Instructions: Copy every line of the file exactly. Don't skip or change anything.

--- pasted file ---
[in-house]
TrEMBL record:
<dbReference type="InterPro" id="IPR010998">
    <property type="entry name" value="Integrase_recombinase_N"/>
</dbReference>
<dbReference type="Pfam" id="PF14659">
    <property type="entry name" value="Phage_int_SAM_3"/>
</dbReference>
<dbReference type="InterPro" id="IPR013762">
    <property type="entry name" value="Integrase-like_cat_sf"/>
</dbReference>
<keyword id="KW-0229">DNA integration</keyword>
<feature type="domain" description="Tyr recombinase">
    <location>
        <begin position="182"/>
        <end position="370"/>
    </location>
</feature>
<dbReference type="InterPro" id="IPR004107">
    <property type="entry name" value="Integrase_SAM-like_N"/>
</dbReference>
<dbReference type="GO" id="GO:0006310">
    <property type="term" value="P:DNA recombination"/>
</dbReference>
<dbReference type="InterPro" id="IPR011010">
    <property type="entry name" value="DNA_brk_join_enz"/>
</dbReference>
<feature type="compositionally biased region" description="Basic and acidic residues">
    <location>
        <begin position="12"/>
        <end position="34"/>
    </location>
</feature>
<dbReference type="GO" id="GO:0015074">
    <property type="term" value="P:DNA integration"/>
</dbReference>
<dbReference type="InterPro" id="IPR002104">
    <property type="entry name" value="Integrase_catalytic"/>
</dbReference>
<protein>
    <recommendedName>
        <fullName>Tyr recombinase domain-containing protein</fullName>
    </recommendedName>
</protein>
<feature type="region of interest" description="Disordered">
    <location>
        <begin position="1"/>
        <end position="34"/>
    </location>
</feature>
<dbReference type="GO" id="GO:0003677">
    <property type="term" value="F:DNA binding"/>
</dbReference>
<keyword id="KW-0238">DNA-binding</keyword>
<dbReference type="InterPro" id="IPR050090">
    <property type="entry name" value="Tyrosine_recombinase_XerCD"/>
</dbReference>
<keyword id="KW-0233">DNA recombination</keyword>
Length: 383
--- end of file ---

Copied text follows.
[in-house]
TrEMBL record:
<dbReference type="InterPro" id="IPR010998">
    <property type="entry name" value="Integrase_recombinase_N"/>
</dbReference>
<dbReference type="Pfam" id="PF14659">
    <property type="entry name" value="Phage_int_SAM_3"/>
</dbReference>
<dbReference type="InterPro" id="IPR013762">
    <property type="entry name" value="Integrase-like_cat_sf"/>
</dbReference>
<keyword id="KW-0229">DNA integration</keyword>
<feature type="domain" description="Tyr recombinase">
    <location>
        <begin position="182"/>
        <end position="370"/>
    </location>
</feature>
<dbReference type="InterPro" id="IPR004107">
    <property type="entry name" value="Integrase_SAM-like_N"/>
</dbReference>
<dbReference type="GO" id="GO:0006310">
    <property type="term" value="P:DNA recombination"/>
</dbReference>
<dbReference type="InterPro" id="IPR011010">
    <property type="entry name" value="DNA_brk_join_enz"/>
</dbReference>
<feature type="compositionally biased region" description="Basic and acidic residues">
    <location>
        <begin position="12"/>
        <end position="34"/>
    </location>
</feature>
<dbReference type="GO" id="GO:0015074">
    <property type="term" value="P:DNA integration"/>
</dbReference>
<dbReference type="InterPro" id="IPR002104">
    <property type="entry name" value="Integrase_catalytic"/>
</dbReference>
<protein>
    <recommendedName>
        <fullName>Tyr recombinase domain-containing protein</fullName>
    </recommendedName>
</protein>
<feature type="region of interest" description="Disordered">
    <location>
        <begin position="1"/>
        <end position="34"/>
    </location>
</feature>
<dbReference type="GO" id="GO:0003677">
    <property type="term" value="F:DNA binding"/>
</dbReference>
<keyword id="KW-0238">DNA-binding</keyword>
<dbReference type="InterPro" id="IPR050090">
    <property type="entry name" value="Tyrosine_recombinase_XerCD"/>
</dbReference>
<keyword id="KW-0233">DNA recombination</keyword>
Length: 383